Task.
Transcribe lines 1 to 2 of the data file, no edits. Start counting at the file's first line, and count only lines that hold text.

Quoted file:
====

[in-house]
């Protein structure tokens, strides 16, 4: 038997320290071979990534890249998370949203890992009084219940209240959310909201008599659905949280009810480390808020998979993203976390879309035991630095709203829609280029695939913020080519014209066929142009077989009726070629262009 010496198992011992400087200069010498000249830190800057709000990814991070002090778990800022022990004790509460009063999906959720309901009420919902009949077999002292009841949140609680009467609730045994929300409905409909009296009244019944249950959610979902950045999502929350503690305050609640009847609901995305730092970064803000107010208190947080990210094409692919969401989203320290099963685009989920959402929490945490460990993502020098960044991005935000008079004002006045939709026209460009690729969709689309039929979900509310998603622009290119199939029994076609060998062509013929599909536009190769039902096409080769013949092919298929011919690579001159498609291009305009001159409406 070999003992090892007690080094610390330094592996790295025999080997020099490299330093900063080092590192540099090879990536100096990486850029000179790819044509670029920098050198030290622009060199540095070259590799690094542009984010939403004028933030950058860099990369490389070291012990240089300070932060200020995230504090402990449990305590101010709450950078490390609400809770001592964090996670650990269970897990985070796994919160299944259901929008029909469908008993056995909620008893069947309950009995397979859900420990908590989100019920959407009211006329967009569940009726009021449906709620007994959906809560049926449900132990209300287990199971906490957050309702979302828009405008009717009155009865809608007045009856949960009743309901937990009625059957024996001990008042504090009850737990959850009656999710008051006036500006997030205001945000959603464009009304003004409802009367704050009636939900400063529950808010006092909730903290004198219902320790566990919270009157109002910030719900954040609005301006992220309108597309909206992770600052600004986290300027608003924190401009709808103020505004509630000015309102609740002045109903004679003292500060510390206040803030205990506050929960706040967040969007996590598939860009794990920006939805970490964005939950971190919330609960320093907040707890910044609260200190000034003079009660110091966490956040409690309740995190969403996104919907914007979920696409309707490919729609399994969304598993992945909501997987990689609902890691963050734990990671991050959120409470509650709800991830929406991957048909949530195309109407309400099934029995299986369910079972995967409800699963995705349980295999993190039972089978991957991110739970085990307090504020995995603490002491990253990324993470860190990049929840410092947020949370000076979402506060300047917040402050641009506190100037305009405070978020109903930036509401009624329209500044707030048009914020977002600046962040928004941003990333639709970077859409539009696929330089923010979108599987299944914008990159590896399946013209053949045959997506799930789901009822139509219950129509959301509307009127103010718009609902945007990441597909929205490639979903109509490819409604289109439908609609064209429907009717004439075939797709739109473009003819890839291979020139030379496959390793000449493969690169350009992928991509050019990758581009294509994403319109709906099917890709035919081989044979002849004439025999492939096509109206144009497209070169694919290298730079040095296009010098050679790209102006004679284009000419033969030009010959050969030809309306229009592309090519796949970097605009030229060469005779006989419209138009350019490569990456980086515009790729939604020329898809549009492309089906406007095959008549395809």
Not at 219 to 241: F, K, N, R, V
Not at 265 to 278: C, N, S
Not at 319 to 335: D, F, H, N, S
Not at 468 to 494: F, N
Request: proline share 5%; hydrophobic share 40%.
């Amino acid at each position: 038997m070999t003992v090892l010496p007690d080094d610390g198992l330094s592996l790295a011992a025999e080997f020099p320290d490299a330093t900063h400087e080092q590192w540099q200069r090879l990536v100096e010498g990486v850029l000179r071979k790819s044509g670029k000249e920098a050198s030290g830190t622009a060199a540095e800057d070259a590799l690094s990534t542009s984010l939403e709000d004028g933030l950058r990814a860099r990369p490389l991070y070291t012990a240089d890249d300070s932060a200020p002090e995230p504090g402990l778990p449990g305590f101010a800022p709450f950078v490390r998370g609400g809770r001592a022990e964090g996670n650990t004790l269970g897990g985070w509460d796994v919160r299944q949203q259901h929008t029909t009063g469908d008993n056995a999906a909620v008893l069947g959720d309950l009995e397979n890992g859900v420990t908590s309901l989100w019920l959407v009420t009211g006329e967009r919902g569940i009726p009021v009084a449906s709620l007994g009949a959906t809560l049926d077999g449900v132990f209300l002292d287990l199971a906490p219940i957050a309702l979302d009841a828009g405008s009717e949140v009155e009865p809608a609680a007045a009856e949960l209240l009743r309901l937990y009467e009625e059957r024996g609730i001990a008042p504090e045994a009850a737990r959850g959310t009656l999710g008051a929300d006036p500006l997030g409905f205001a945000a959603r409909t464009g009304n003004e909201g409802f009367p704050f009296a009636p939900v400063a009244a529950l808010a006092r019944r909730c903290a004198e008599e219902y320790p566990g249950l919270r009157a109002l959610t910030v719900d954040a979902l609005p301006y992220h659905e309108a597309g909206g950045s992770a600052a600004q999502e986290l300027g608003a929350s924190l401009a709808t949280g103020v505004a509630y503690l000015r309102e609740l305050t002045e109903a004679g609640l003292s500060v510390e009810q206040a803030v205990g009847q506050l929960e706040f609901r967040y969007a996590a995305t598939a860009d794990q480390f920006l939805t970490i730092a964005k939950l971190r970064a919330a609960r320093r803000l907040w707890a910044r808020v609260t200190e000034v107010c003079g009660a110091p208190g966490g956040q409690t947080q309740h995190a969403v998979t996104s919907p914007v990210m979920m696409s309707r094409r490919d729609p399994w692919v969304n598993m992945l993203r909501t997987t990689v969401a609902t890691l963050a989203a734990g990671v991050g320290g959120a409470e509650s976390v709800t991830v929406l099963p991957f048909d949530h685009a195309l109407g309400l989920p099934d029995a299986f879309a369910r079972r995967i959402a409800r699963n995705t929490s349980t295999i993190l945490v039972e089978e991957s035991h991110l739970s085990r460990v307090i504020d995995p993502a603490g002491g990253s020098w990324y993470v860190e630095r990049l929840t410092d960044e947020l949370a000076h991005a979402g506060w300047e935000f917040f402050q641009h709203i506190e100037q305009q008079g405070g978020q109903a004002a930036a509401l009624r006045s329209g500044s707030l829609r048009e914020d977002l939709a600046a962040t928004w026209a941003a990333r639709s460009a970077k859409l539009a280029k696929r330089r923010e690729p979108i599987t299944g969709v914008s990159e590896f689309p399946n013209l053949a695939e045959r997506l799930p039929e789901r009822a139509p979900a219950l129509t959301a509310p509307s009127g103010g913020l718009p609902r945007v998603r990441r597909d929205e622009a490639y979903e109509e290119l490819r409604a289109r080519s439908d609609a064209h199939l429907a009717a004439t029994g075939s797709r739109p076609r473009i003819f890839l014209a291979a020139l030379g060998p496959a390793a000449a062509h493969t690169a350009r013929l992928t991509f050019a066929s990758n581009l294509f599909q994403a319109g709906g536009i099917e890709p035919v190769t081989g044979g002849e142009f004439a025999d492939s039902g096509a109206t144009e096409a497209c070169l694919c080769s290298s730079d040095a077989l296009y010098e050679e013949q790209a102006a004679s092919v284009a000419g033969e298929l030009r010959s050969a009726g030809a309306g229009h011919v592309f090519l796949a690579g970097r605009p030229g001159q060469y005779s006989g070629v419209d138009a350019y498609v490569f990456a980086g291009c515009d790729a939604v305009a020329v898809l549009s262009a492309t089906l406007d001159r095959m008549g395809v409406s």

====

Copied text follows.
[in-house]
């Protein structure tokens, strides 16, 4: 038997320290071979990534890249998370949203890992009084219940209240959310909201008599659905949280009810480390808020998979993203976390879309035991630095709203829609280029695939913020080519014209066929142009077989009726070629262009 010496198992011992400087200069010498000249830190800057709000990814991070002090778990800022022990004790509460009063999906959720309901009420919902009949077999002292009841949140609680009467609730045994929300409905409909009296009244019944249950959610979902950045999502929350503690305050609640009847609901995305730092970064803000107010208190947080990210094409692919969401989203320290099963685009989920959402929490945490460990993502020098960044991005935000008079004002006045939709026209460009690729969709689309039929979900509310998603622009290119199939029994076609060998062509013929599909536009190769039902096409080769013949092919298929011919690579001159498609291009305009001159409406 070999003992090892007690080094610390330094592996790295025999080997020099490299330093900063080092590192540099090879990536100096990486850029000179790819044509670029920098050198030290622009060199540095070259590799690094542009984010939403004028933030950058860099990369490389070291012990240089300070932060200020995230504090402990449990305590101010709450950078490390609400809770001592964090996670650990269970897990985070796994919160299944259901929008029909469908008993056995909620008893069947309950009995397979859900420990908590989100019920959407009211006329967009569940009726009021449906709620007994959906809560049926449900132990209300287990199971906490957050309702979302828009405008009717009155009865809608007045009856949960009743309901937990009625059957024996001990008042504090009850737990959850009656999710008051006036500006997030205001945000959603464009009304003004409802009367704050009636939900400063529950808010006092909730903290004198219902320790566990919270009157109002910030719900954040609005301006992220309108597309909206992770600052600004986290300027608003924190401009709808103020505004509630000015309102609740002045109903004679003292500060510390206040803030205990506050929960706040967040969007996590598939860009794990920006939805970490964005939950971190919330609960320093907040707890910044609260200190000034003079009660110091966490956040409690309740995190969403996104919907914007979920696409309707490919729609399994969304598993992945909501997987990689609902890691963050734990990671991050959120409470509650709800991830929406991957048909949530195309109407309400099934029995299986369910079972995967409800699963995705349980295999993190039972089978991957991110739970085990307090504020995995603490002491990253990324993470860190990049929840410092947020949370000076979402506060300047917040402050641009506190100037305009405070978020109903930036509401009624329209500044707030048009914020977002600046962040928004941003990333639709970077859409539009696929330089923010979108599987299944914008990159590896399946013209053949045959997506799930789901009822139509219950129509959301509307009127103010718009609902945007990441597909929205490639979903109509490819409604289109439908609609064209429907009717004439075939797709739109473009003819890839291979020139030379496959390793000449493969690169350009992928991509050019990758581009294509994403319109709906099917890709035919081989044979002849004439025999492939096509109206144009497209070169694919290298730079040095296009010098050679790209102006004679284009000419033969030009010959050969030809309306229009592309090519796949970097605009030229060469005779006989419209138009350019490569990456980086515009790729939604020329898809549009492309089906406007095959008549395809």